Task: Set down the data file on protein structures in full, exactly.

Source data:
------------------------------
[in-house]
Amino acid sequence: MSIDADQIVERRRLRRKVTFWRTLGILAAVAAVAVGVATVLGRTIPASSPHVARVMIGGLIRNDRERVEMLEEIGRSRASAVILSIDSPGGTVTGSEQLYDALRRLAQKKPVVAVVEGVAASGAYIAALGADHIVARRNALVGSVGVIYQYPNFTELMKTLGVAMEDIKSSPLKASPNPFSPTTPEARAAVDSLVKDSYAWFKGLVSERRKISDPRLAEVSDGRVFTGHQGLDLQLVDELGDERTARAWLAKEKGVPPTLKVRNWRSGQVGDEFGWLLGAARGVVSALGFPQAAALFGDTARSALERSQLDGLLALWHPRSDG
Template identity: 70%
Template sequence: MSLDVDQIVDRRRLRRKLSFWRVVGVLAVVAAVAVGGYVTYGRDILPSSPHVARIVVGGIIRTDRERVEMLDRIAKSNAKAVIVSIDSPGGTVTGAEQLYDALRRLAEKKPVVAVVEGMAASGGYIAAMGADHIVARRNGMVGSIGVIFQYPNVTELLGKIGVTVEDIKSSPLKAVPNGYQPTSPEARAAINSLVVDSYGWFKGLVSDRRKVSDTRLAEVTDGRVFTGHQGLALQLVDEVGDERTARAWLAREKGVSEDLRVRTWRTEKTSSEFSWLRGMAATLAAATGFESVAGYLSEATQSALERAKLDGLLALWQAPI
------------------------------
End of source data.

[in-house]
Amino acid sequence: MSIDADQIVERRRLRRKVTFWRTLGILAAVAAVAVGVATVLGRTIPASSPHVARVMIGGLIRNDRERVEMLEEIGRSRASAVILSIDSPGGTVTGSEQLYDALRRLAQKKPVVAVVEGVAASGAYIAALGADHIVARRNALVGSVGVIYQYPNFTELMKTLGVAMEDIKSSPLKASPNPFSPTTPEARAAVDSLVKDSYAWFKGLVSERRKISDPRLAEVSDGRVFTGHQGLDLQLVDELGDERTARAWLAKEKGVPPTLKVRNWRSGQVGDEFGWLLGAARGVVSALGFPQAAALFGDTARSALERSQLDGLLALWHPRSDG
Template identity: 70%
Template sequence: MSLDVDQIVDRRRLRRKLSFWRVVGVLAVVAAVAVGGYVTYGRDILPSSPHVARIVVGGIIRTDRERVEMLDRIAKSNAKAVIVSIDSPGGTVTGAEQLYDALRRLAEKKPVVAVVEGMAASGGYIAAMGADHIVARRNGMVGSIGVIFQYPNVTELLGKIGVTVEDIKSSPLKAVPNGYQPTSPEARAAINSLVVDSYGWFKGLVSDRRKVSDTRLAEVTDGRVFTGHQGLALQLVDEVGDERTARAWLAREKGVSEDLRVRTWRTEKTSSEFSWLRGMAATLAAATGFESVAGYLSEATQSALERAKLDGLLALWQAPI